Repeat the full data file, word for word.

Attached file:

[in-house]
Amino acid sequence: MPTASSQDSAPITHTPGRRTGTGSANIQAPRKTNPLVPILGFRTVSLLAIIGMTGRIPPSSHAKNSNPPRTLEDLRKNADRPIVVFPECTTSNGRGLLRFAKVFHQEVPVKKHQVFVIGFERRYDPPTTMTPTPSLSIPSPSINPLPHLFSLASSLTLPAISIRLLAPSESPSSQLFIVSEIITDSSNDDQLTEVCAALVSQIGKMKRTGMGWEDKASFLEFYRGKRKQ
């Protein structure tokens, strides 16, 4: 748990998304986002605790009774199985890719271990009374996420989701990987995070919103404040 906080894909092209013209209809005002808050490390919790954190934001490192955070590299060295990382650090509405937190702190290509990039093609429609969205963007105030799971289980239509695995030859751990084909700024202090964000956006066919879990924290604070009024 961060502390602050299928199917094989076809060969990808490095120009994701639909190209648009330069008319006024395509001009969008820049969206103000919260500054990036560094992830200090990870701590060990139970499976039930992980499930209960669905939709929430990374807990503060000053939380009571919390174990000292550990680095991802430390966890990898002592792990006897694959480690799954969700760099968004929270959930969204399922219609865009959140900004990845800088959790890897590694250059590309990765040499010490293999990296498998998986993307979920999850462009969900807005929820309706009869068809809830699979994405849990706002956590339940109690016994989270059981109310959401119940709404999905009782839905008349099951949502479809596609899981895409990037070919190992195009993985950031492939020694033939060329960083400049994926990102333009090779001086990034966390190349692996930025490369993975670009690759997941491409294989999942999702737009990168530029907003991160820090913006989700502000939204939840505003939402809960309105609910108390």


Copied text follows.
[in-house]
Amino acid sequence: MPTASSQDSAPITHTPGRRTGTGSANIQAPRKTNPLVPILGFRTVSLLAIIGMTGRIPPSSHAKNSNPPRTLEDLRKNADRPIVVFPECTTSNGRGLLRFAKVFHQEVPVKKHQVFVIGFERRYDPPTTMTPTPSLSIPSPSINPLPHLFSLASSLTLPAISIRLLAPSESPSSQLFIVSEIITDSSNDDQLTEVCAALVSQIGKMKRTGMGWEDKASFLEFYRGKRKQ
């Protein structure tokens, strides 16, 4: 748990998304986002605790009774199985890719271990009374996420989701990987995070919103404040 906080894909092209013209209809005002808050490390919790954190934001490192955070590299060295990382650090509405937190702190290509990039093609429609969205963007105030799971289980239509695995030859751990084909700024202090964000956006066919879990924290604070009024 961060502390602050299928199917094989076809060969990808490095120009994701639909190209648009330069008319006024395509001009969008820049969206103000919260500054990036560094992830200090990870701590060990139970499976039930992980499930209960669905939709929430990374807990503060000053939380009571919390174990000292550990680095991802430390966890990898002592792990006897694959480690799954969700760099968004929270959930969204399922219609865009959140900004990845800088959790890897590694250059590309990765040499010490293999990296498998998986993307979920999850462009969900807005929820309706009869068809809830699979994405849990706002956590339940109690016994989270059981109310959401119940709404999905009782839905008349099951949502479809596609899981895409990037070919190992195009993985950031492939020694033939060329960083400049994926990102333009090779001086990034966390190349692996930025490369993975670009690759997941491409294989999942999702737009990168530029907003991160820090913006989700502000939204939840505003939402809960309105609910108390």